Is Adaptive Biking Right for Me or Someone I Love?
by Emily Varvir, CTRS
HARDWICK – With the completion of the Lamoille Valley Rail Trail (LVRT) on the horizon, new opportunities for outdoor recreation in our area abound. Connecting 18 towns across 93 miles, the LVRT is open year-round and can be used for all types of non-motorized physical activity including walking, jogging, hiking, biking, horseback riding, snowshoeing, Nordic skiing, and dog sledding. During the winter season, the LVRT is even open to snowmobiling. However, despite the trail running right through the middle of our town, there are many residents who may not feel welcome or able to participate in these sports without aid or accommodation.
This summer, the Hardwick Recreation Committee and the Hardwick Trails Committee are partnering with Adaptive Sports Partners, a nonproﬁt based in Franconia, N.H., to make biking on the LVRT inclusive and fun for all Hardwick residents no matter their abilities.
The program will run from 3:30 p.m. to 5 p.m., every Monday from June 19 to August 28 (excluding July 31) and from 10 a.m. to 11:30 a.m., on every other Saturday (starting July 1). Additionally, the program will be free to all Hardwick residents.
So, who can participate in adaptive biking? Simply put, any individual with a disability. No two disabilities are identical, but as adaptive biking is endlessly modiﬁable, this sport is ideal for anyone with physical, cognitive, emotional, and/or behavioral challenges. For instance, an individual with one-sided muscle paralysis or weakness following a stroke or other neurological injury may ﬁnd that a recumbent or tandem bike is the perfect ﬁt. While a person with autism spectrum disorder (ASD), visual impairment, or other developmental disability, may discover a tandem upright bike more to their liking. Additionally, those with spinal cord injuries, Parkinson’s, Amyotrophic Lateral Sclerosis (ALS), Multiple Sclerosis (MS), or other similar conditions, may ﬁnd a handcycle better suits their abilities. The options and pairings are inﬁnite.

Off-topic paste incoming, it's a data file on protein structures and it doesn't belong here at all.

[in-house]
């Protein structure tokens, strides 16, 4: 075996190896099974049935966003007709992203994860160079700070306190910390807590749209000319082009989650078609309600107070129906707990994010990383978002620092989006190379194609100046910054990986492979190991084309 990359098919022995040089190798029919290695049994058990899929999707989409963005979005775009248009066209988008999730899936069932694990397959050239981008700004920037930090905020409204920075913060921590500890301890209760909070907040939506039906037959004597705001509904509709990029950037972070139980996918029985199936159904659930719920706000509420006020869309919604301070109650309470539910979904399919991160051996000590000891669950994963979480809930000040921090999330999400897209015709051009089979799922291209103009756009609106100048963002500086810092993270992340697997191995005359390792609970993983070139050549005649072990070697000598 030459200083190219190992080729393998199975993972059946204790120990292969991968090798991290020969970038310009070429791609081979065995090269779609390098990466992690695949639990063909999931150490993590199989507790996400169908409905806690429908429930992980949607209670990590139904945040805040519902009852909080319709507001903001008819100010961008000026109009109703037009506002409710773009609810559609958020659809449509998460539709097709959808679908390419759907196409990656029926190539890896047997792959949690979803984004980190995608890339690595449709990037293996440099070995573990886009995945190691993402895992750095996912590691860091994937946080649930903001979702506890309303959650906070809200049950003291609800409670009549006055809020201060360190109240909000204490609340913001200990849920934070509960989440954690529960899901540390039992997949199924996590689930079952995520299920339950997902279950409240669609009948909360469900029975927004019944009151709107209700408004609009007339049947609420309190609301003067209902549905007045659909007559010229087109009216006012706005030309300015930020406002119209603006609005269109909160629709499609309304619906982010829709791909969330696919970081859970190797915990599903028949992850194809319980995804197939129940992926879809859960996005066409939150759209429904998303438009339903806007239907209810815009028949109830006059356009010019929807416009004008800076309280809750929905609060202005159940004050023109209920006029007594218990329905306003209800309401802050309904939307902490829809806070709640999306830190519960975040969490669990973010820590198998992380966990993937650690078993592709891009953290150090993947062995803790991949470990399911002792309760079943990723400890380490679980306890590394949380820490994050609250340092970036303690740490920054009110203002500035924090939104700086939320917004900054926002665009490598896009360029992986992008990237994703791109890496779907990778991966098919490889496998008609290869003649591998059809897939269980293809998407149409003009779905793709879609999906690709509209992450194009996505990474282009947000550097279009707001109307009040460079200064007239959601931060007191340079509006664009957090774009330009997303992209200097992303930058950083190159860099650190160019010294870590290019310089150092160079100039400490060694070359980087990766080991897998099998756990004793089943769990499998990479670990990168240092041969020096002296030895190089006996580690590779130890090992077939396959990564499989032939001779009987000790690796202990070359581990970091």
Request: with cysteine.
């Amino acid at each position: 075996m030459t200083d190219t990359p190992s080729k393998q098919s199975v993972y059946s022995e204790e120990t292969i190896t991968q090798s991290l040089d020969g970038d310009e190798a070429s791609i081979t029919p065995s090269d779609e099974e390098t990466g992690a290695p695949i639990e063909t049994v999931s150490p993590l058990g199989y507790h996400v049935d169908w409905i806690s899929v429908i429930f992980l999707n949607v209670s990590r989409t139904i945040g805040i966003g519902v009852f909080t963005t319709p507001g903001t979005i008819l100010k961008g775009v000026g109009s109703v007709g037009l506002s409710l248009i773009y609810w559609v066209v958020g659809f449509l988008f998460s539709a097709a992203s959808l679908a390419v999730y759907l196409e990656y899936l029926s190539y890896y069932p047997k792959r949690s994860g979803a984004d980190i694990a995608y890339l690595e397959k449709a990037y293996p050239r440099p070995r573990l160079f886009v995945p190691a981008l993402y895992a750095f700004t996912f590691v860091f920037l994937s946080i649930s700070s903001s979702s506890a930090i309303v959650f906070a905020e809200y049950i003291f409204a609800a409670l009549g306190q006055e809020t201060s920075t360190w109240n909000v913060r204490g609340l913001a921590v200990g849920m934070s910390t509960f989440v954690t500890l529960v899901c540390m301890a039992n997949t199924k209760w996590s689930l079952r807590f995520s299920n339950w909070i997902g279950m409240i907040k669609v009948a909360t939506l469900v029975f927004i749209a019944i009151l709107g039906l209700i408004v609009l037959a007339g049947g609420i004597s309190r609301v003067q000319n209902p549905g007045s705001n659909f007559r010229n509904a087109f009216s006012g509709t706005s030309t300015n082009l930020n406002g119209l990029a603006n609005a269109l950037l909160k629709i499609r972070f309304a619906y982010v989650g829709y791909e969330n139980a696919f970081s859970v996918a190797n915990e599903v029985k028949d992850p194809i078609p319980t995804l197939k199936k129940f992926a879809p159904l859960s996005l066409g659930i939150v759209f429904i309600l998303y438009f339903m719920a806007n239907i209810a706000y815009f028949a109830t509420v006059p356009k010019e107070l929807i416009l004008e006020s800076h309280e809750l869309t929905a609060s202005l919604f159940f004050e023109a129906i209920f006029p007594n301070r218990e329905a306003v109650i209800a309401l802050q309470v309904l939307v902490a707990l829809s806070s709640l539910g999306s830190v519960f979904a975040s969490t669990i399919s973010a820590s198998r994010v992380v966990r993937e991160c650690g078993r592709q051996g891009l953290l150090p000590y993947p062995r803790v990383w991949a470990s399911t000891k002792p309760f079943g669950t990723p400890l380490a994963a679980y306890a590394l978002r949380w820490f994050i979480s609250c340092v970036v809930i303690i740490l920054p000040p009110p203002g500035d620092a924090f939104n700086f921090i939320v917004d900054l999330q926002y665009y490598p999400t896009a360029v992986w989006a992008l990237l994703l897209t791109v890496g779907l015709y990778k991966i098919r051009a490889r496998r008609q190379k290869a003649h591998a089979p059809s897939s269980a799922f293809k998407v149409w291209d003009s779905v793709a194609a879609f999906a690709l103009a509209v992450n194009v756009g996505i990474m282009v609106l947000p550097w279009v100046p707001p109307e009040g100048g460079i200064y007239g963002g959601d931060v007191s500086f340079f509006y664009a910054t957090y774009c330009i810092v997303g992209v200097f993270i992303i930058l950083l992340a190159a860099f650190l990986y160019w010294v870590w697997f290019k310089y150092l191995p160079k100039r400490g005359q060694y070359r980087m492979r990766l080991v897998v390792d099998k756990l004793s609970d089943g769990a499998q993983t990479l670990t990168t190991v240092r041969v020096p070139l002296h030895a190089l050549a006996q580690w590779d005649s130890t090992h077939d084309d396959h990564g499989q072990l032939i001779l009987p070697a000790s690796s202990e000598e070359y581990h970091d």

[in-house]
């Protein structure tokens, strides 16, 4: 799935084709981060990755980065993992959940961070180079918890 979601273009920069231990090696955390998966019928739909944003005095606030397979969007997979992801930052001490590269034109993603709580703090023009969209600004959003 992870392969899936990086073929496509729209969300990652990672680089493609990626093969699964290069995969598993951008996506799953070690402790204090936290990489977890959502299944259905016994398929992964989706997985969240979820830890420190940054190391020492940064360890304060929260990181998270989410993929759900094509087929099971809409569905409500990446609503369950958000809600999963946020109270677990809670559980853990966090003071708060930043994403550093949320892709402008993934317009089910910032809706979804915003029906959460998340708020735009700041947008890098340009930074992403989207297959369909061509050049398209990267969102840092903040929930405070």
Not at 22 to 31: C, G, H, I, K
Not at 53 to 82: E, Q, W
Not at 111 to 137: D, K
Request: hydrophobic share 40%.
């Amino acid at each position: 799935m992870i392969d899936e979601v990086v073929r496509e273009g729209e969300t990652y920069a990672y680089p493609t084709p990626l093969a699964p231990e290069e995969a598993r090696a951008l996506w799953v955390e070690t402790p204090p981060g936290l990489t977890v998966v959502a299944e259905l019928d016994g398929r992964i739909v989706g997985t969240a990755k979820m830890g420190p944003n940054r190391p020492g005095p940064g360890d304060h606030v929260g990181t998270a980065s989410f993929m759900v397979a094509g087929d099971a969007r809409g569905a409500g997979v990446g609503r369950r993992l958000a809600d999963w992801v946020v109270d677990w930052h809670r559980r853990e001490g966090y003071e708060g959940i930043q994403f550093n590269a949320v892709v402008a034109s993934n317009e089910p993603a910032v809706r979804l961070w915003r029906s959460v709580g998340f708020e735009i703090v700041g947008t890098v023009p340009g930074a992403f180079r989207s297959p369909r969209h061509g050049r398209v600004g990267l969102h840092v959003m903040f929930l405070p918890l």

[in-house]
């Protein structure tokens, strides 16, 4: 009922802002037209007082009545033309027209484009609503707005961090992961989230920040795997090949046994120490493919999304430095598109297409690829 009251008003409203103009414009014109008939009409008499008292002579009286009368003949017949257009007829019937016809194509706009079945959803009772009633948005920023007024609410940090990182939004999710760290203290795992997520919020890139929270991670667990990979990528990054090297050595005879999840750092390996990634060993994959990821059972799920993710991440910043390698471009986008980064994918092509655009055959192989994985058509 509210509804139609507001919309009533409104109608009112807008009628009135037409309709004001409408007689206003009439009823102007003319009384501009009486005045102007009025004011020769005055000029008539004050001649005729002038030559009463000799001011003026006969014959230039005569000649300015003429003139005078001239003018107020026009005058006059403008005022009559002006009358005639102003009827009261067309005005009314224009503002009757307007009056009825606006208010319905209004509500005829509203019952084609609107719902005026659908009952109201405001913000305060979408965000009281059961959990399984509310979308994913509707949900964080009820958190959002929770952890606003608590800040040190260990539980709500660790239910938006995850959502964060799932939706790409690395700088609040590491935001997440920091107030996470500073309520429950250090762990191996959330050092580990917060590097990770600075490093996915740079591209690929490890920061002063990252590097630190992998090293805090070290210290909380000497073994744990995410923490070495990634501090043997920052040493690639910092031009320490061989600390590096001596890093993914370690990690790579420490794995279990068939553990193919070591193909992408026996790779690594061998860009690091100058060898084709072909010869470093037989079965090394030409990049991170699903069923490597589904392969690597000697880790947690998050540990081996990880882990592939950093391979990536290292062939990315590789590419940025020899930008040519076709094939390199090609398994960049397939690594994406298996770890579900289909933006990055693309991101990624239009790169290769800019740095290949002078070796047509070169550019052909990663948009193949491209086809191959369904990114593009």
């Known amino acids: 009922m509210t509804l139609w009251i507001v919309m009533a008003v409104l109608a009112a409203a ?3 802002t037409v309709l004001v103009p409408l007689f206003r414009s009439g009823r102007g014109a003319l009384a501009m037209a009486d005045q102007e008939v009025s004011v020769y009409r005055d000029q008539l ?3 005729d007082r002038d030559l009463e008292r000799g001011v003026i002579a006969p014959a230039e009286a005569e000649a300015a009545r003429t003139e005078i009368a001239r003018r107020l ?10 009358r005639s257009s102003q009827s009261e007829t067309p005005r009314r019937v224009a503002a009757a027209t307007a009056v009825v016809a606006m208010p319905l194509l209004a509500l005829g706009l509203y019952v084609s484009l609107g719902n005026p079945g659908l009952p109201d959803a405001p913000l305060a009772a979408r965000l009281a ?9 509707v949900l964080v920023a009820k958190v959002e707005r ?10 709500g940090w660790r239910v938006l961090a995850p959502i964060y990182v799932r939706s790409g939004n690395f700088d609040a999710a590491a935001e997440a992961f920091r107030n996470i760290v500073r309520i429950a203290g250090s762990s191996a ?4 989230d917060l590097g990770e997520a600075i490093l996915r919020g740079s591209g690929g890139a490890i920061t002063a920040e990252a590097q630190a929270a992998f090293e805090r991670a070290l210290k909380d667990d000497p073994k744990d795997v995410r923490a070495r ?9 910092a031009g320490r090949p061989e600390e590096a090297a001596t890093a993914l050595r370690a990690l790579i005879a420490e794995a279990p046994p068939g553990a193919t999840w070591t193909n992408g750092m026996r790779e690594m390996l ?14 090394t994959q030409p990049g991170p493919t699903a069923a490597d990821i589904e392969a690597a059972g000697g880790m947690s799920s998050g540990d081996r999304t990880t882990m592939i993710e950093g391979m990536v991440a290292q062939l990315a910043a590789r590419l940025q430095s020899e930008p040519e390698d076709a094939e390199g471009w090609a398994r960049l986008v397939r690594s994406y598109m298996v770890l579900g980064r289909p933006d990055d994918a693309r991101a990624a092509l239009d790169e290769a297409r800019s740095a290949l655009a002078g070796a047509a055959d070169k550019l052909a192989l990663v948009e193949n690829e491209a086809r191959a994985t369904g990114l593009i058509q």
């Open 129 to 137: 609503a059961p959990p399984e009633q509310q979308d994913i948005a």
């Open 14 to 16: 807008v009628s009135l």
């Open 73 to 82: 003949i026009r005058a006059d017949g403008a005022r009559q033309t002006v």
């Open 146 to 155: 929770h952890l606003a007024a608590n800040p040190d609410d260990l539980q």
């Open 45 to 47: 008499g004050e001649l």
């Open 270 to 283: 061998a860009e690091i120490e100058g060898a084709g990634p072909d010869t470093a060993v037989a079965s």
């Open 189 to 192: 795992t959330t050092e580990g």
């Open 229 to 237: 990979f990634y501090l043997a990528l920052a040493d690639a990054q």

However, no matter an individual’s disability or the type of adaptive bike needed to participate, the program oﬀers the same opportunities for all participants: physical activity in Vermont’s scenic landscape, joy and camaraderie among new friends, a sense of freedom and belonging, and most importantly, empowerment in one’s strengths and abilities.
If adaptive biking sounds right for you or someone you love, sign up under the “Get Involved” tab on the Adaptive Sports Partners’ website (adaptivesportspartners.org). If you have questions, please visit the Adaptive Sports Partners’ booth at SpringFest on May 27, at Atkins Field or contact Kerry Hussey, NEK Program Manager, at Adaptive Sports Partners, (802)-427-4116 or firstname.lastname@example.org.